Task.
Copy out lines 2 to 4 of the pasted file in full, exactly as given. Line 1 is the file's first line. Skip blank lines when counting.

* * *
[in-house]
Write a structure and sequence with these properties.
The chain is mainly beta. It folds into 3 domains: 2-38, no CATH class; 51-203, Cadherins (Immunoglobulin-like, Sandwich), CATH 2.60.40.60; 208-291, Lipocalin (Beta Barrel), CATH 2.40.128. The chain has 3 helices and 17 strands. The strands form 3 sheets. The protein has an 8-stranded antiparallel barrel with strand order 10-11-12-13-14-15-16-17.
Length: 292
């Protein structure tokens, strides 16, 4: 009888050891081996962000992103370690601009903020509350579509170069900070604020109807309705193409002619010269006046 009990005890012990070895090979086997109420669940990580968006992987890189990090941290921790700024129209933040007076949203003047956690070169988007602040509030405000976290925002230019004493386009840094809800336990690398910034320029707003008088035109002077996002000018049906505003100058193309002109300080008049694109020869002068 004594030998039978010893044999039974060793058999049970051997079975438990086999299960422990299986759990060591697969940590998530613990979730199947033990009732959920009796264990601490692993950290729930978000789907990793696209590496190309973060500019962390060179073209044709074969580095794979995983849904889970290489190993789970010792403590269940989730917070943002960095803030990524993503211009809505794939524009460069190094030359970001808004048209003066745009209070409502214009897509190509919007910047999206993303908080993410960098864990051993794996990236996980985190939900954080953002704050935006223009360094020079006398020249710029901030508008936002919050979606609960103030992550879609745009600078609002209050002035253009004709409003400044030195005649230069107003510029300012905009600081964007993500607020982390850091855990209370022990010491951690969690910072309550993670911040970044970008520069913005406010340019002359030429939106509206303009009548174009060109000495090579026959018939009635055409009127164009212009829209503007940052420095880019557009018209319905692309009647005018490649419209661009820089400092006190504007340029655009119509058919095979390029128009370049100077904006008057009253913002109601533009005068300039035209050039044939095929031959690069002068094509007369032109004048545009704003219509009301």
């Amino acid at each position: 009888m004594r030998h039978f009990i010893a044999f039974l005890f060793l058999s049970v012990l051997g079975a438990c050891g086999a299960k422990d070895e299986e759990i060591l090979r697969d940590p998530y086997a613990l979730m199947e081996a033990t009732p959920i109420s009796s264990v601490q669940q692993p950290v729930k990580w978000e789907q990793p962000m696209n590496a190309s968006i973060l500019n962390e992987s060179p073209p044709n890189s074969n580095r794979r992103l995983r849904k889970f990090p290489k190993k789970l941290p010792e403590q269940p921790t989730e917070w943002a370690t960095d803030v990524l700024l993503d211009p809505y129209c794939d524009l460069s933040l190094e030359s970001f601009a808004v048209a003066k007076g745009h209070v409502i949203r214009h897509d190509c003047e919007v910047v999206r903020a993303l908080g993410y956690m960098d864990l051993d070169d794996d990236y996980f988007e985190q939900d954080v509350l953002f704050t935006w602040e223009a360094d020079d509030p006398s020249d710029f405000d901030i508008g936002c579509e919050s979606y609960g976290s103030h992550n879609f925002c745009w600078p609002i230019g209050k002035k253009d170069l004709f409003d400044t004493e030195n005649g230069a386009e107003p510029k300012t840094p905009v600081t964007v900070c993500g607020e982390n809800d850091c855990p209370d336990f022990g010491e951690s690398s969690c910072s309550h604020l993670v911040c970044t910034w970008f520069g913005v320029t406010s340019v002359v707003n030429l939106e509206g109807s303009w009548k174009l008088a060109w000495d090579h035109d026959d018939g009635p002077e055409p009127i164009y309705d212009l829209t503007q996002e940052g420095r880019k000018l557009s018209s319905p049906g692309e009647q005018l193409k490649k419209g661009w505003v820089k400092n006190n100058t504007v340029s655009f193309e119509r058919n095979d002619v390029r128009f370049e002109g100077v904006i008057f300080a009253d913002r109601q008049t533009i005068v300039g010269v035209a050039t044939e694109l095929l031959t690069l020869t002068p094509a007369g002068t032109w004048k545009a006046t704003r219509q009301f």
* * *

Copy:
Write a structure and sequence with these properties.
The chain is mainly beta. It folds into 3 domains: 2-38, no CATH class; 51-203, Cadherins (Immunoglobulin-like, Sandwich), CATH 2.60.40.60; 208-291, Lipocalin (Beta Barrel), CATH 2.40.128. The chain has 3 helices and 17 strands. The strands form 3 sheets. The protein has an 8-stranded antiparallel barrel with strand order 10-11-12-13-14-15-16-17.
Length: 292